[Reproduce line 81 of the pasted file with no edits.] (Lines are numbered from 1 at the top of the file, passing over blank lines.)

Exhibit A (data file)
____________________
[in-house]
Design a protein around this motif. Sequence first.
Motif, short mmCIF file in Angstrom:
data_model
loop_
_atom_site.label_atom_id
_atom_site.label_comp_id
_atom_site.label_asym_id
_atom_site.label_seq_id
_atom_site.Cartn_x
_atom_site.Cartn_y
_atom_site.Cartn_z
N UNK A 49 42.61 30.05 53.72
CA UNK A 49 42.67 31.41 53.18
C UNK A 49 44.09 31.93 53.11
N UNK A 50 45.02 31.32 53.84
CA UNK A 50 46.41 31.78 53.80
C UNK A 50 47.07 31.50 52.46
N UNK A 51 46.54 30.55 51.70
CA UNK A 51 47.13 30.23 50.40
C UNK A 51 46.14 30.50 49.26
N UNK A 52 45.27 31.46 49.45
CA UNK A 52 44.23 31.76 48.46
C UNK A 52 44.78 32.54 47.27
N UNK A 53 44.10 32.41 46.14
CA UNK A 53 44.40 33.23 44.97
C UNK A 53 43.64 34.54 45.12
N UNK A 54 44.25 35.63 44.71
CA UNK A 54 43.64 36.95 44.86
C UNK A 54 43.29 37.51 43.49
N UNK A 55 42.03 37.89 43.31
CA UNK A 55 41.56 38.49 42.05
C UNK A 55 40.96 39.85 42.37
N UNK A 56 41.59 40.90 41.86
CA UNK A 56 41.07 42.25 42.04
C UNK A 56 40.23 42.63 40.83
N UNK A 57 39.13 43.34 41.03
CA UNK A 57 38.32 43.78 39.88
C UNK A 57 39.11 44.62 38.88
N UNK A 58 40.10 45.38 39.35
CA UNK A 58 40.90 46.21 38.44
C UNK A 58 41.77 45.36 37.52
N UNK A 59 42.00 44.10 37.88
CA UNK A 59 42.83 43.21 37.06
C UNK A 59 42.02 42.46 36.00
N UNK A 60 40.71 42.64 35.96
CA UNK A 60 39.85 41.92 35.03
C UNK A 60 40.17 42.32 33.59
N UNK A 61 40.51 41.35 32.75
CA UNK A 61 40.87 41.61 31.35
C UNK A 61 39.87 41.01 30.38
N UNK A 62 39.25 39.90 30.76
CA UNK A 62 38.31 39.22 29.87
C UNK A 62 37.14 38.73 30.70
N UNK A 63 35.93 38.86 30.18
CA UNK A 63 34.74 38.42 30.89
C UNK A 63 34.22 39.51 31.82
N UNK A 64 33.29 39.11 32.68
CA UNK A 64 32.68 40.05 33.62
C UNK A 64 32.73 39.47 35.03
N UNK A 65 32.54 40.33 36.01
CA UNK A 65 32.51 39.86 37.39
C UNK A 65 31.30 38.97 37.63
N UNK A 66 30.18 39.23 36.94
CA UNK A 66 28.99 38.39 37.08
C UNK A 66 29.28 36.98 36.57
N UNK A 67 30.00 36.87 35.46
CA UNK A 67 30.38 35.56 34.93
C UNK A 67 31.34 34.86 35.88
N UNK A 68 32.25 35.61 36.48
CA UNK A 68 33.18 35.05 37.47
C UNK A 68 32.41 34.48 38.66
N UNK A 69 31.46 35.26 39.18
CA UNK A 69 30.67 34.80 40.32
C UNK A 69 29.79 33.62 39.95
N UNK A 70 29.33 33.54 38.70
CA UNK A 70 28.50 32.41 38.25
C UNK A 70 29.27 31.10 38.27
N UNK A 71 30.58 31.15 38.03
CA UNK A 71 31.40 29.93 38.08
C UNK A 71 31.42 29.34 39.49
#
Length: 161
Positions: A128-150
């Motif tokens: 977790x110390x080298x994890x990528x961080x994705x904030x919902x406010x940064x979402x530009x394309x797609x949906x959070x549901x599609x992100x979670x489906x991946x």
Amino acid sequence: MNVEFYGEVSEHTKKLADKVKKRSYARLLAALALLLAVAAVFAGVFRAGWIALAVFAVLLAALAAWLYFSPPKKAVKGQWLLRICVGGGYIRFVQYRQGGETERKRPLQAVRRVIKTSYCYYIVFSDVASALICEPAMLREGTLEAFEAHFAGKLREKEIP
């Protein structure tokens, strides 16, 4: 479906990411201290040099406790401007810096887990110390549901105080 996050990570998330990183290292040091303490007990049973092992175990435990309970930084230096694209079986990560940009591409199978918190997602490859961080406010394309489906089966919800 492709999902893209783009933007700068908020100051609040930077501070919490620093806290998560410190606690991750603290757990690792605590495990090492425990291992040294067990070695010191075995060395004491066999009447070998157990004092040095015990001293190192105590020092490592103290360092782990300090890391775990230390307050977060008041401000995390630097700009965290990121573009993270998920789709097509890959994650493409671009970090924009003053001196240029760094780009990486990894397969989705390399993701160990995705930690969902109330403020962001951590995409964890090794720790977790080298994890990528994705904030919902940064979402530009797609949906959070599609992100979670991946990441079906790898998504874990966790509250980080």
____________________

C UNK A 71 31.42 29.34 39.49